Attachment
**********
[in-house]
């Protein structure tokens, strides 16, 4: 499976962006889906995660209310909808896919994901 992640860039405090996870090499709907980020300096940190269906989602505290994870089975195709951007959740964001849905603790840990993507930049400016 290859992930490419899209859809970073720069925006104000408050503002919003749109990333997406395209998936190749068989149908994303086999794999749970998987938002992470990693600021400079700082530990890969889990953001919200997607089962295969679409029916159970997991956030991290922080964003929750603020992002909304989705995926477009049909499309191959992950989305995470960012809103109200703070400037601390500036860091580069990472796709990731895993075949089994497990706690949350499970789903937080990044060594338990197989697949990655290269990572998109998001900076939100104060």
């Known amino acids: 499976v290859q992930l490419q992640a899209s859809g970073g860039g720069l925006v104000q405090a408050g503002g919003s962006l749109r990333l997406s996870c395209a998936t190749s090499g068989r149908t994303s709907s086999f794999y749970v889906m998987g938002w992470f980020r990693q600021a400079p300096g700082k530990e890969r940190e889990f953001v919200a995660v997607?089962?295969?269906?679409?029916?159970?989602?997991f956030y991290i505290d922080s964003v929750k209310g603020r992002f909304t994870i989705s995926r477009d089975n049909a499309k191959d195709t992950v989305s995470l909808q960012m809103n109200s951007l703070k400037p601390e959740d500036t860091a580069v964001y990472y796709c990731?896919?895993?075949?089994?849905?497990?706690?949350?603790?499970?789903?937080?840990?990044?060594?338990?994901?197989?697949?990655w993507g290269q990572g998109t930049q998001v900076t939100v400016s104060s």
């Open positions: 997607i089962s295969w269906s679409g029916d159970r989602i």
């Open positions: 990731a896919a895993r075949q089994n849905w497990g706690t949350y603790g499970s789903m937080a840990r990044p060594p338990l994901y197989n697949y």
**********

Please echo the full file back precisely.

[in-house]
């Protein structure tokens, strides 16, 4: 499976962006889906995660209310909808896919994901 992640860039405090996870090499709907980020300096940190269906989602505290994870089975195709951007959740964001849905603790840990993507930049400016 290859992930490419899209859809970073720069925006104000408050503002919003749109990333997406395209998936190749068989149908994303086999794999749970998987938002992470990693600021400079700082530990890969889990953001919200997607089962295969679409029916159970997991956030991290922080964003929750603020992002909304989705995926477009049909499309191959992950989305995470960012809103109200703070400037601390500036860091580069990472796709990731895993075949089994497990706690949350499970789903937080990044060594338990197989697949990655290269990572998109998001900076939100104060």
């Known amino acids: 499976v290859q992930l490419q992640a899209s859809g970073g860039g720069l925006v104000q405090a408050g503002g919003s962006l749109r990333l997406s996870c395209a998936t190749s090499g068989r149908t994303s709907s086999f794999y749970v889906m998987g938002w992470f980020r990693q600021a400079p300096g700082k530990e890969r940190e889990f953001v919200a995660v997607?089962?295969?269906?679409?029916?159970?989602?997991f956030y991290i505290d922080s964003v929750k209310g603020r992002f909304t994870i989705s995926r477009d089975n049909a499309k191959d195709t992950v989305s995470l909808q960012m809103n109200s951007l703070k400037p601390e959740d500036t860091a580069v964001y990472y796709c990731?896919?895993?075949?089994?849905?497990?706690?949350?603790?499970?789903?937080?840990?990044?060594?338990?994901?197989?697949?990655w993507g290269q990572g998109t930049q998001v900076t939100v400016s104060s």
């Open positions: 997607i089962s295969w269906s679409g029916d159970r989602i």
């Open positions: 990731a896919a895993r075949q089994n849905w497990g706690t949350y603790g499970s789903m937080a840990r990044p060594p338990l994901y197989n697949y």